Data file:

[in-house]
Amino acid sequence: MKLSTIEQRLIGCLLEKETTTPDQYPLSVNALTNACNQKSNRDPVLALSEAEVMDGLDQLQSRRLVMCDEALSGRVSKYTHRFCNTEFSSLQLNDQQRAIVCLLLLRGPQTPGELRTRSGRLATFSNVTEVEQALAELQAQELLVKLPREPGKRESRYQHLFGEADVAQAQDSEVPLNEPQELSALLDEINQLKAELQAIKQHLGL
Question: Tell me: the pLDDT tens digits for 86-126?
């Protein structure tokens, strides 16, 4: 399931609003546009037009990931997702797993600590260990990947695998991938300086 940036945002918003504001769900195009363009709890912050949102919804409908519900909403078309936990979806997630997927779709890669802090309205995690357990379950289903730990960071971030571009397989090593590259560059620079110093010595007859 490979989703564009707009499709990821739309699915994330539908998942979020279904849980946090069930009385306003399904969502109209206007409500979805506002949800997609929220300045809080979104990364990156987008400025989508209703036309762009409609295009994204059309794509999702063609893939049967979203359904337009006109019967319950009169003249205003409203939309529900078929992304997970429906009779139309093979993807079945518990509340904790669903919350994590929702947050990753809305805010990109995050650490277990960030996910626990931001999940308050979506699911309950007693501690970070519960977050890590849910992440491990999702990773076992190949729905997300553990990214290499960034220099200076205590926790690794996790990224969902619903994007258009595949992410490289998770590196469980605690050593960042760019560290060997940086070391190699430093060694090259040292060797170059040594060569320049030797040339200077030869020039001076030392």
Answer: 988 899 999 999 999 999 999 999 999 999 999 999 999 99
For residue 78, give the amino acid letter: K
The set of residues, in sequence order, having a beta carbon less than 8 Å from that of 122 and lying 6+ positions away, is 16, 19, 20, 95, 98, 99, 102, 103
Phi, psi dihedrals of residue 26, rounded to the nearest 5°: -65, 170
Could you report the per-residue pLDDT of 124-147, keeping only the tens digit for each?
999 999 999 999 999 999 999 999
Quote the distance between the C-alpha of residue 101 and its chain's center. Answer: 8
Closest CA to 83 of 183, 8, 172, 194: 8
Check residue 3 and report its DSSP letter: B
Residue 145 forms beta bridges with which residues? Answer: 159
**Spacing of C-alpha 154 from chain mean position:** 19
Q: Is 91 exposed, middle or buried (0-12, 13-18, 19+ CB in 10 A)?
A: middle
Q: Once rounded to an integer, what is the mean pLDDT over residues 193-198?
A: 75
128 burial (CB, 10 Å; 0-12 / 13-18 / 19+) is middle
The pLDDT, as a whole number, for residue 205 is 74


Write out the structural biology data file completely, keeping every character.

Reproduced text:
[in-house]
Amino acid sequence: MKLSTIEQRLIGCLLEKETTTPDQYPLSVNALTNACNQKSNRDPVLALSEAEVMDGLDQLQSRRLVMCDEALSGRVSKYTHRFCNTEFSSLQLNDQQRAIVCLLLLRGPQTPGELRTRSGRLATFSNVTEVEQALAELQAQELLVKLPREPGKRESRYQHLFGEADVAQAQDSEVPLNEPQELSALLDEINQLKAELQAIKQHLGL
Question: Tell me: the pLDDT tens digits for 86-126?
């Protein structure tokens, strides 16, 4: 399931609003546009037009990931997702797993600590260990990947695998991938300086 940036945002918003504001769900195009363009709890912050949102919804409908519900909403078309936990979806997630997927779709890669802090309205995690357990379950289903730990960071971030571009397989090593590259560059620079110093010595007859 490979989703564009707009499709990821739309699915994330539908998942979020279904849980946090069930009385306003399904969502109209206007409500979805506002949800997609929220300045809080979104990364990156987008400025989508209703036309762009409609295009994204059309794509999702063609893939049967979203359904337009006109019967319950009169003249205003409203939309529900078929992304997970429906009779139309093979993807079945518990509340904790669903919350994590929702947050990753809305805010990109995050650490277990960030996910626990931001999940308050979506699911309950007693501690970070519960977050890590849910992440491990999702990773076992190949729905997300553990990214290499960034220099200076205590926790690794996790990224969902619903994007258009595949992410490289998770590196469980605690050593960042760019560290060997940086070391190699430093060694090259040292060797170059040594060569320049030797040339200077030869020039001076030392």
Answer: 988 899 999 999 999 999 999 999 999 999 999 999 999 99
For residue 78, give the amino acid letter: K
The set of residues, in sequence order, having a beta carbon less than 8 Å from that of 122 and lying 6+ positions away, is 16, 19, 20, 95, 98, 99, 102, 103
Phi, psi dihedrals of residue 26, rounded to the nearest 5°: -65, 170
Could you report the per-residue pLDDT of 124-147, keeping only the tens digit for each?
999 999 999 999 999 999 999 999
Quote the distance between the C-alpha of residue 101 and its chain's center. Answer: 8
Closest CA to 83 of 183, 8, 172, 194: 8
Check residue 3 and report its DSSP letter: B
Residue 145 forms beta bridges with which residues? Answer: 159
**Spacing of C-alpha 154 from chain mean position:** 19
Q: Is 91 exposed, middle or buried (0-12, 13-18, 19+ CB in 10 A)?
A: middle
Q: Once rounded to an integer, what is the mean pLDDT over residues 193-198?
A: 75
128 burial (CB, 10 Å; 0-12 / 13-18 / 19+) is middle
The pLDDT, as a whole number, for residue 205 is 74